Gaijin Gunpla

I’m very familiar with these two astromech droids having played for hours with them starting when I was 5 or 6 years old and continuing until I was a teenager. (Thank you, Kenner!) So when I saw the 1/12 Star Wars R2-D2 & R5-D4 at the model show last year I was really looking forward to building my own R2 D2, and R5 D4 too of course, though I didn’t remember that R5 D4 had blue legs like R2.


I thought he was red everywhere R2 was blue. I guess I was wrong, though Bandai does have you putting a lot of red stickers (or decals) on this guy.


Here are the runners for the white parts. One is labeled simply R2.

And the other R5.

The A runners is shared between both droids but has runner designations in there as well.

The C runners are the silver parts.

C1 is for R2 and C2 is for R5.



But wait a second here! These runners were originally together!

The C1 runner (R2’s) ends at part # 37 and the C2 runner (R5’s) starts at # 38.

You get a stand runner though I’m not sure it’s necessary with a robot.

Water slide and stickers for markings depending on how you want to tackle that part of the build.

Interestingly, the manual has you build both droids at the same time with R2’s assembly being shown on the top half of the page and R5’s on the bottom.

Let’s do this thing!



Up to here both droids are built using the same parts but from this point there is some differentiation.

Both droids have this.

But R5 gets his first piece of red.

You stop here and then do the legs which are shown as being assembled the same way for both droids and listed as x 2.



You’ve got some small silver parts to fit on there properly. These ones aren’t too bad.

This turned out to be the centre leg so you put it inside each droid.

Now for the outside legs.





More small parts to fit in. That cylindrical grey part needs to go a certain way or you won’t get it in there.


There’s a leg!

Oh, but you’re not finished. You have some very small parts left to put into place.

I recommend tweezers for this.

Now to get those legs onto the droid.

Some gaps need to be covered with panels and some stickers need to go on here too.


R5 gets the same stickers here.



The same on the other side. (Droid bodies are round, do they have sides?)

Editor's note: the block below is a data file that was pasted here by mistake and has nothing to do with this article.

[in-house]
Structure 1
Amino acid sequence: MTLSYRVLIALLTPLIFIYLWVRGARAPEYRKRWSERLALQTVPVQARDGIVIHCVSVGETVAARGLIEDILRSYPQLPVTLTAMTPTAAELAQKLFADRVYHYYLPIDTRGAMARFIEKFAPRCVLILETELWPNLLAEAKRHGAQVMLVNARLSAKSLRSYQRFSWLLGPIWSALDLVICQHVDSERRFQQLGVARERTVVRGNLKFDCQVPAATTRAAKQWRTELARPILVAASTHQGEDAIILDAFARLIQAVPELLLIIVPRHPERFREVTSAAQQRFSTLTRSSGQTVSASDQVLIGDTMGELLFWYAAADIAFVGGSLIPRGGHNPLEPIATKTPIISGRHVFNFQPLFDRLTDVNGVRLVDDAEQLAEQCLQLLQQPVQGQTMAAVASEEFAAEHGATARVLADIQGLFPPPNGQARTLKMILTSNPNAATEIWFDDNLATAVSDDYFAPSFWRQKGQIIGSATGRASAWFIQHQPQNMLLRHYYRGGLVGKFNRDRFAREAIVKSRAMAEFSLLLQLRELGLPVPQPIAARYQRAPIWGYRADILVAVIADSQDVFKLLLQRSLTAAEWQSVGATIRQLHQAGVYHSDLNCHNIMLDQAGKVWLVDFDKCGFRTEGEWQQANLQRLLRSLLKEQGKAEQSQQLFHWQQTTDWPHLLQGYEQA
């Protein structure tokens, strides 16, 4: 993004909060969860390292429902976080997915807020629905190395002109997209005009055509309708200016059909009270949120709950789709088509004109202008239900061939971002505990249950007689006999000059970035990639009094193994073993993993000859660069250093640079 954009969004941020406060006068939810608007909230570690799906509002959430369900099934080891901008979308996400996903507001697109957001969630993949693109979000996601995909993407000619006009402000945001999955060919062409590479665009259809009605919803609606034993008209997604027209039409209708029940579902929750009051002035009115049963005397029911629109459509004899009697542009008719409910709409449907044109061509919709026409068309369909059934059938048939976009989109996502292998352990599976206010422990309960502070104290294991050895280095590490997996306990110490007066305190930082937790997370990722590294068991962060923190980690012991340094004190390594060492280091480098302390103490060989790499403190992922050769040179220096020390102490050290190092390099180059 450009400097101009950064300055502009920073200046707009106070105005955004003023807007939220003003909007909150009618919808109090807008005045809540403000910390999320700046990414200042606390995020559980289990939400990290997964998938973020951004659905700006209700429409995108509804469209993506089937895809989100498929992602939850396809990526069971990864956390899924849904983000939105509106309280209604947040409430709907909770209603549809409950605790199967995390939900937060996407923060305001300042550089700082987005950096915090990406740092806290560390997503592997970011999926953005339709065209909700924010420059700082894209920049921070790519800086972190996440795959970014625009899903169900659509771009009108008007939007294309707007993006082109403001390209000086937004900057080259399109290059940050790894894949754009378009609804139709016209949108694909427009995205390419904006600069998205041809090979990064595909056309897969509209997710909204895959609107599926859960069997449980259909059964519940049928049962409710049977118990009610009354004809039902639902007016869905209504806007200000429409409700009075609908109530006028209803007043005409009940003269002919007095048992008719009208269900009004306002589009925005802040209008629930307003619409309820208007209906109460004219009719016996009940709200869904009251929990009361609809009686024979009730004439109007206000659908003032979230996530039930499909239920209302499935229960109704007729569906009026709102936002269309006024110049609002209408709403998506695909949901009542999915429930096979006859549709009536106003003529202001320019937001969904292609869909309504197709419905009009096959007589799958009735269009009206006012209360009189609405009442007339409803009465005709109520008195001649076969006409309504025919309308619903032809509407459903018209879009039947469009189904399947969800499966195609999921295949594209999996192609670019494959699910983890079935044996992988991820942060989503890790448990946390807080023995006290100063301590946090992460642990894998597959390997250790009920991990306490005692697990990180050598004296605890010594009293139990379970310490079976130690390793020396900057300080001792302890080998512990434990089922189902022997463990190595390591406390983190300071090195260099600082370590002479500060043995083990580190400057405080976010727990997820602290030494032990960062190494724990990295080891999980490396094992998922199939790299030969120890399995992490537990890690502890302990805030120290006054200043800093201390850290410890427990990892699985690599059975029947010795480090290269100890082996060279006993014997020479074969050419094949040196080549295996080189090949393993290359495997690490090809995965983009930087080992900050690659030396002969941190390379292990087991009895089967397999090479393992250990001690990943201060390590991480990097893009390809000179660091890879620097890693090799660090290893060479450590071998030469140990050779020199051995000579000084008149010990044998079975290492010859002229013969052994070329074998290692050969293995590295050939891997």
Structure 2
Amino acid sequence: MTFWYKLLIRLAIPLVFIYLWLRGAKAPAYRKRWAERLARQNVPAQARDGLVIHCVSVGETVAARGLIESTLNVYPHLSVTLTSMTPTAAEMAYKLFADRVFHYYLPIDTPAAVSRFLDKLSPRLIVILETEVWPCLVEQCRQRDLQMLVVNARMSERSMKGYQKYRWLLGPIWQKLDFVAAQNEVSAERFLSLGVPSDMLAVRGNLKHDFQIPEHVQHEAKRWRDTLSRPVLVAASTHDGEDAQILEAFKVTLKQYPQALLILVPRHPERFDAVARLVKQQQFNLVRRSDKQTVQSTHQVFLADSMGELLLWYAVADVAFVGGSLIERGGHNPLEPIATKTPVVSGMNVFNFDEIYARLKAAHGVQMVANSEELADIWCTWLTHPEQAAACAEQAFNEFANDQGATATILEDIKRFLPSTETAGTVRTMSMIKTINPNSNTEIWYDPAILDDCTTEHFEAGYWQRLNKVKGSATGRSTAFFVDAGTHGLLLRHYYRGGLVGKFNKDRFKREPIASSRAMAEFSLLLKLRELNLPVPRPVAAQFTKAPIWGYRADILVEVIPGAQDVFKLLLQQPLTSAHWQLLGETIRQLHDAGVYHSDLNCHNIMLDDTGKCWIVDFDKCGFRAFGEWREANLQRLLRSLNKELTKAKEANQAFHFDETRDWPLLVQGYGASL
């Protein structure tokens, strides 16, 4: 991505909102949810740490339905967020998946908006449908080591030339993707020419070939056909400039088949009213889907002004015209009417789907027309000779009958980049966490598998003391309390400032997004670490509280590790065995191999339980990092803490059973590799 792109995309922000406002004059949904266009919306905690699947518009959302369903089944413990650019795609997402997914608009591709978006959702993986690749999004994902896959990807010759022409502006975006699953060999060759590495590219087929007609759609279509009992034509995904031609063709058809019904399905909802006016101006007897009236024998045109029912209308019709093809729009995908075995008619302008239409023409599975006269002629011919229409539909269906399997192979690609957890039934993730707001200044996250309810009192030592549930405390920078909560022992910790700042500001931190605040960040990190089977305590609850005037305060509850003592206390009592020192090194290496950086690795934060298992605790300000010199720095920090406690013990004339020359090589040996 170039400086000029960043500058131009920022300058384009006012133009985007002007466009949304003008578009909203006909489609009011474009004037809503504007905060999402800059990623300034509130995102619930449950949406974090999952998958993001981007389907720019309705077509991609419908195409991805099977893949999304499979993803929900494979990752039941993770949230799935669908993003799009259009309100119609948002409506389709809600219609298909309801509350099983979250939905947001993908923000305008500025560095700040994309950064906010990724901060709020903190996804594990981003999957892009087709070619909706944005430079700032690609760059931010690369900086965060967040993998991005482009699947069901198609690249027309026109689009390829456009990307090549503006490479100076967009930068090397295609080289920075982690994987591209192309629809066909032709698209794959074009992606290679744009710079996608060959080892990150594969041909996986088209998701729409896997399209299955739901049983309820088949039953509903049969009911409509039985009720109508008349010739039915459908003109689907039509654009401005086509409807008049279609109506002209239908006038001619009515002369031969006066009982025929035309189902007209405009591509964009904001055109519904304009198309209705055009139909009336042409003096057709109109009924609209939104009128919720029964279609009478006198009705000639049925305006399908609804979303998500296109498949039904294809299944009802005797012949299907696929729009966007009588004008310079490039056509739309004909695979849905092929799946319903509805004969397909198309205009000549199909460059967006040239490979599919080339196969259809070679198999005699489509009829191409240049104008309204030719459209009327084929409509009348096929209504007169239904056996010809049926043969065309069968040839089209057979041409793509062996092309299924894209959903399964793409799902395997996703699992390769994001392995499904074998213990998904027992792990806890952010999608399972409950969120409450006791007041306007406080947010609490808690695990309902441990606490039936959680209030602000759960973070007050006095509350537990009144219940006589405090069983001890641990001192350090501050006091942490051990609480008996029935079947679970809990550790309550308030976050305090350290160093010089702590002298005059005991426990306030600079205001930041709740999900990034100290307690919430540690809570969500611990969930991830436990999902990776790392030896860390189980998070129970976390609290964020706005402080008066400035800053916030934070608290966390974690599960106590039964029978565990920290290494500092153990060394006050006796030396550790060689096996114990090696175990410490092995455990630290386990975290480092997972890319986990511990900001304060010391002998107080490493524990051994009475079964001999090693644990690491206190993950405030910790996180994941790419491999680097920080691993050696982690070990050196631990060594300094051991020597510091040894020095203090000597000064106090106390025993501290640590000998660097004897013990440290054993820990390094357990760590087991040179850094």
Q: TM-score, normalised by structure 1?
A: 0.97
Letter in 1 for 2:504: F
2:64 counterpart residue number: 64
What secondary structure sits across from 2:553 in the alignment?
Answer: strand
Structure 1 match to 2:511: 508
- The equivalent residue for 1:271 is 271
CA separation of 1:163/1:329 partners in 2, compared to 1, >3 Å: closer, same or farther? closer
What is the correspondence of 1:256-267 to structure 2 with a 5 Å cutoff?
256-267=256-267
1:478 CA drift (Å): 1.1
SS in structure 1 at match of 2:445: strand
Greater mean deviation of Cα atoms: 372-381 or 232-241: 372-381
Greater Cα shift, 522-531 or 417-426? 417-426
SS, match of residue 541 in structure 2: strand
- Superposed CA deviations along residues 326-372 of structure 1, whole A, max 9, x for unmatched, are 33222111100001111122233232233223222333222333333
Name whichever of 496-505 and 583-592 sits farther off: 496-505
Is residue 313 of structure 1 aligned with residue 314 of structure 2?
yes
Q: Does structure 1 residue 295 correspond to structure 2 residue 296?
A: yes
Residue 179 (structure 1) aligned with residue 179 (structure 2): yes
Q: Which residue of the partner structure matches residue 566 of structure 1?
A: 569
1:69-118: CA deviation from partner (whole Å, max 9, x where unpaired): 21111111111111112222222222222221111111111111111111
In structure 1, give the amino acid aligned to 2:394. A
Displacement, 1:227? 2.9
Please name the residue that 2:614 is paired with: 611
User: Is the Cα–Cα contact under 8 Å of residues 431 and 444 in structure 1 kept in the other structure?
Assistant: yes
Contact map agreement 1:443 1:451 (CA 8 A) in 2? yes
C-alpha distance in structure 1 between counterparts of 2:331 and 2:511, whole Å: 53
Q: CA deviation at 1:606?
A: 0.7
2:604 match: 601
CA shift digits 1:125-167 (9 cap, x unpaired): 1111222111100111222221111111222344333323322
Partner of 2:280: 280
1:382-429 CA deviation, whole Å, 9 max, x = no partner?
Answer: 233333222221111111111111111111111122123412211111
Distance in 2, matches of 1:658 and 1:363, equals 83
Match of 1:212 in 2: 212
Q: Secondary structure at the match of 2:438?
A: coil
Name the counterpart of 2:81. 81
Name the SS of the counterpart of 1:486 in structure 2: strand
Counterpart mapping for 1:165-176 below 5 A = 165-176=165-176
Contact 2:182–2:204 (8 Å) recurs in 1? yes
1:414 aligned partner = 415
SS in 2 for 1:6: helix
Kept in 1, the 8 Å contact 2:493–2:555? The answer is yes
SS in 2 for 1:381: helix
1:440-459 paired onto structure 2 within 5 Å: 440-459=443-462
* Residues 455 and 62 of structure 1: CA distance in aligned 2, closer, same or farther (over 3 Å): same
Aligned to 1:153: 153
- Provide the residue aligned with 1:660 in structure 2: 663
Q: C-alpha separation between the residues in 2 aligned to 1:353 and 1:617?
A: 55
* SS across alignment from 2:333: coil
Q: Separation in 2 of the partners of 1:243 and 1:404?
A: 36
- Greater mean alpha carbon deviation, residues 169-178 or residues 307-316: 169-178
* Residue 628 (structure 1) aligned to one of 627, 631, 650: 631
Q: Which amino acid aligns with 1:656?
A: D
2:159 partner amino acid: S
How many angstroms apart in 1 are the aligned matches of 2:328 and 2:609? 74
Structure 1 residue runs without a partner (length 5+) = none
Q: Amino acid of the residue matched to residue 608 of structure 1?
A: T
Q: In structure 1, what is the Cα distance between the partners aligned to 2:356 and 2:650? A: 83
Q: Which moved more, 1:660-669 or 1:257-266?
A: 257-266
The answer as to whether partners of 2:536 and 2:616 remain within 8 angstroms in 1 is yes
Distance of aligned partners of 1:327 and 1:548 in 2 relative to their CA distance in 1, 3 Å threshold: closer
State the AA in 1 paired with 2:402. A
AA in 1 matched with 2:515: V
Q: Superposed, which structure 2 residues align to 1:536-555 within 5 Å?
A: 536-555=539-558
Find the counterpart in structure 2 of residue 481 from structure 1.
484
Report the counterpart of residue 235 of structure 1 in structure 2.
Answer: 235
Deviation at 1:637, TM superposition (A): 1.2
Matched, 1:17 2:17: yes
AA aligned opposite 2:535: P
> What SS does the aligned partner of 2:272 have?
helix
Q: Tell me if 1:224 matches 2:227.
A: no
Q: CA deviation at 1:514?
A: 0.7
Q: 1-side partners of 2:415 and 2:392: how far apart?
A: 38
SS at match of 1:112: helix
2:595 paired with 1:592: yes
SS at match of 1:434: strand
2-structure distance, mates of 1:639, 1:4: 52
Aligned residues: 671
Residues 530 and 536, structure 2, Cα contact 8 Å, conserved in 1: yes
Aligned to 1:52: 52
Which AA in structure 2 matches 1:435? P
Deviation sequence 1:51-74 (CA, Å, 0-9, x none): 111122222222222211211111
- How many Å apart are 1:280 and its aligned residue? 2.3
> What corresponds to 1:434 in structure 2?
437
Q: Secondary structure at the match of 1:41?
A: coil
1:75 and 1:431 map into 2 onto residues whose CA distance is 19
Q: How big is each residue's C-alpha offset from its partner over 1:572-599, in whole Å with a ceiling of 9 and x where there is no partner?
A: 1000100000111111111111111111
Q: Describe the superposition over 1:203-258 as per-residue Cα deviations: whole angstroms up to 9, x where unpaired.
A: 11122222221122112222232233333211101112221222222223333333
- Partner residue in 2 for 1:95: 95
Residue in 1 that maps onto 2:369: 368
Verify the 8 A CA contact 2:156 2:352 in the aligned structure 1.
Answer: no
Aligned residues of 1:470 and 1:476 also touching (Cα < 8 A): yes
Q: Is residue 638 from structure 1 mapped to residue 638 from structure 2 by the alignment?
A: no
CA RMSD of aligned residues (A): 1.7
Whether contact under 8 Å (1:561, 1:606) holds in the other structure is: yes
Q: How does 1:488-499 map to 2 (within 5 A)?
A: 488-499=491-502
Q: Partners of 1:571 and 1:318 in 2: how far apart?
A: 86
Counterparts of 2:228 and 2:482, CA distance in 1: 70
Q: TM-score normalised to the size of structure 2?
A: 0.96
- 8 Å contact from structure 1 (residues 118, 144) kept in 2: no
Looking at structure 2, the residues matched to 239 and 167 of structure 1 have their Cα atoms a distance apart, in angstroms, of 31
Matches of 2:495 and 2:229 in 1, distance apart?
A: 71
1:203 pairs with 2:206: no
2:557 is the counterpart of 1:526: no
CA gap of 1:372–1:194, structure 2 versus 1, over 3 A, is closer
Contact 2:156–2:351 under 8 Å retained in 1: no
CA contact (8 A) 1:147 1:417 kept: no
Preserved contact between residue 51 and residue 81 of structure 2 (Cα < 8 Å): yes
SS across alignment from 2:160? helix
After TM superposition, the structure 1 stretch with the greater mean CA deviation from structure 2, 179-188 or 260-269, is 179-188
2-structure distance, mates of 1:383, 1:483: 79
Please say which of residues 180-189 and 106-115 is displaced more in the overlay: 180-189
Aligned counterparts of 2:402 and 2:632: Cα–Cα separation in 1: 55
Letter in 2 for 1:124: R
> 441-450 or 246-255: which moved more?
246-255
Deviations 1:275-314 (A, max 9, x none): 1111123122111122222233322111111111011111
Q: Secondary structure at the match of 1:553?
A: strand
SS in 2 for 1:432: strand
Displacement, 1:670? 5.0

The rectangular white panels don’t snap into place but instead rest there to be removed later if you want to use any of the droids’ tools.

This is where I stopped that night.

Two left-leaning Astromech Droids.

Rather than end the post here, I’ll continue on so everything about this kit can be found in one spot. What do you say, guys?

Just nod.

Or lean forward or whatever it is you can do right now to signal agreement.

The first head you assemble is R2’s.

Here be undergates.

When I first saw these kits at the hobby show I thought that assembly might be a case of inserting blue parts, for example, into white bodies but you actually build these guys from the inside out. Almost all parts are fit inside and then the droid is closed up.






R2’s round head is actually three parts.

Now parts are put in place on the outside.



The blue curved pieces are like the white panels on the body. They fit on there and are meant to be removed later if you wish to.

Looking like yourself, R2! It can’t describe the feeling I felt when I had the head assembled right in front of me but it felt the same when I was assembling Darth Vader’s head. A very memorable image from my youth with strong connections to certain feelings.

More undergates to be wary of.



Hell, yea!

I wonder if there are any modellers out there who would stop here and feel satisfied?

(I’m not one of them.)



The assembly is complete but if you think you’re done now you’re sorely wrong. You have stickers, and a lot of them, to apply.

You’re given two choices for many of the stickers. You can choose between on and off.

Stickers go everywhere. Like here.

And here.

Four go here.

If you’re not careful they will slide behind that grey part and are hard to get out.

Two here.

And even here!

R5 D4 has larger stickers that go all the way around its head.

And two of these long ones. Tricky to line up, these suckers.

R5 also has long rectangular red stickers for those long rectangular white panels. What I ended up doing is putting every sticker on R2 but only the large distinct stickers on R5.

Periscope!

Then I decided to take all the panels off of R2 and replace them with the ones in the open position so I could attach all his instruments.

Some require slight assembly.

These guys look pretty good together.

But I think I’ve been corrupted by a more recent version of everyone’s favourite Droid.

Categories: 1/12 R2D2 & R5D4, Builds, SW

3 Responses so far.

  1. beige says:

    R2’s looking slick. a shame you don’t get optional afro pieces XD

    R5 though… it seems kinda a shame that r2 got all his blue pieces intrnalized/moulded while r5 has to deal with stickers. I guess it makes sense though, sinc I’m guessing the R5 was added as more an afterthough of ‘its similar to r2’ than because of as much demand

    • Jason Reynolds says:

      I think R5 was added in so they could justify the price.

      As far as the color molding for R5 the only unique stickers are the red sections on the body and the pinstriping on the head. All the other stickers are the same on both.

      As far as the body the engineering is already cramped enough. Trying to add in a separate color wouldn’t have been possible.

      As far as the head it would be a pain in the butt to mold the pin stripes as separate pieces, and would be fragile, assuming they could even pull it off.

  2. R2 looks really nice IMO.

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